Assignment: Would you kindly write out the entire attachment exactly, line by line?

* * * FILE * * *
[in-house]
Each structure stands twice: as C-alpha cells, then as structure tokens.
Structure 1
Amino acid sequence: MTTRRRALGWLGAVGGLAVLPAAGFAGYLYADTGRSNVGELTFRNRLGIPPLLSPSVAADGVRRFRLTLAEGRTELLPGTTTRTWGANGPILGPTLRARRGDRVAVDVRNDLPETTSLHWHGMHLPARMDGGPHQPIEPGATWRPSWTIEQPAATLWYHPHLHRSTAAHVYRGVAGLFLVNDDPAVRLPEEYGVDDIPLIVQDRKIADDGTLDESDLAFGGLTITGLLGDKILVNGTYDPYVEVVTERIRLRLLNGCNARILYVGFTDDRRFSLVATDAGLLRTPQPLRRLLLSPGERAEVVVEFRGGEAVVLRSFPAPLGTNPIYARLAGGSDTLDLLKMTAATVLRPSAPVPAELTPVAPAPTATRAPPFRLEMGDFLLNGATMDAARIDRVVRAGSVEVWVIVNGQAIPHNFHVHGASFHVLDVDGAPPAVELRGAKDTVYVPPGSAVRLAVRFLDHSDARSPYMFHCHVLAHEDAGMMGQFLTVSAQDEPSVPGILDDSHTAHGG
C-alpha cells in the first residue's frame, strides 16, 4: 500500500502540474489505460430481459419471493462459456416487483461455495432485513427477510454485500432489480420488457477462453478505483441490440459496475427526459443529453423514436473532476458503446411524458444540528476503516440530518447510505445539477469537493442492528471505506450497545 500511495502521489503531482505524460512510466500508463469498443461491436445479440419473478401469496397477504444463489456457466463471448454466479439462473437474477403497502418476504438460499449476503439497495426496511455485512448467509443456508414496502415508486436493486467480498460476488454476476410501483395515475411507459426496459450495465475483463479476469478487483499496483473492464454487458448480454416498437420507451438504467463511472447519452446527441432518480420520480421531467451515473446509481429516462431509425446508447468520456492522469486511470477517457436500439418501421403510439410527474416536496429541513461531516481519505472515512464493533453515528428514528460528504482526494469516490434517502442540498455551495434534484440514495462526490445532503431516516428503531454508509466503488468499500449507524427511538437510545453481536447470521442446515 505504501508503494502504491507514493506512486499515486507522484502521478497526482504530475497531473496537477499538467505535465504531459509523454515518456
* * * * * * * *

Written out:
[in-house]
Each structure stands twice: as C-alpha cells, then as structure tokens.
Structure 1
Amino acid sequence: MTTRRRALGWLGAVGGLAVLPAAGFAGYLYADTGRSNVGELTFRNRLGIPPLLSPSVAADGVRRFRLTLAEGRTELLPGTTTRTWGANGPILGPTLRARRGDRVAVDVRNDLPETTSLHWHGMHLPARMDGGPHQPIEPGATWRPSWTIEQPAATLWYHPHLHRSTAAHVYRGVAGLFLVNDDPAVRLPEEYGVDDIPLIVQDRKIADDGTLDESDLAFGGLTITGLLGDKILVNGTYDPYVEVVTERIRLRLLNGCNARILYVGFTDDRRFSLVATDAGLLRTPQPLRRLLLSPGERAEVVVEFRGGEAVVLRSFPAPLGTNPIYARLAGGSDTLDLLKMTAATVLRPSAPVPAELTPVAPAPTATRAPPFRLEMGDFLLNGATMDAARIDRVVRAGSVEVWVIVNGQAIPHNFHVHGASFHVLDVDGAPPAVELRGAKDTVYVPPGSAVRLAVRFLDHSDARSPYMFHCHVLAHEDAGMMGQFLTVSAQDEPSVPGILDDSHTAHGG
C-alpha cells in the first residue's frame, strides 16, 4: 500500500502540474489505460430481459419471493462459456416487483461455495432485513427477510454485500432489480420488457477462453478505483441490440459496475427526459443529453423514436473532476458503446411524458444540528476503516440530518447510505445539477469537493442492528471505506450497545 500511495502521489503531482505524460512510466500508463469498443461491436445479440419473478401469496397477504444463489456457466463471448454466479439462473437474477403497502418476504438460499449476503439497495426496511455485512448467509443456508414496502415508486436493486467480498460476488454476476410501483395515475411507459426496459450495465475483463479476469478487483499496483473492464454487458448480454416498437420507451438504467463511472447519452446527441432518480420520480421531467451515473446509481429516462431509425446508447468520456492522469486511470477517457436500439418501421403510439410527474416536496429541513461531516481519505472515512464493533453515528428514528460528504482526494469516490434517502442540498455551495434534484440514495462526490445532503431516516428503531454508509466503488468499500449507524427511538437510545453481536447470521442446515 505504501508503494502504491507514493506512486499515486507522484502521478497526482504530475497531473496537477499538467505535465504531459509523454515518456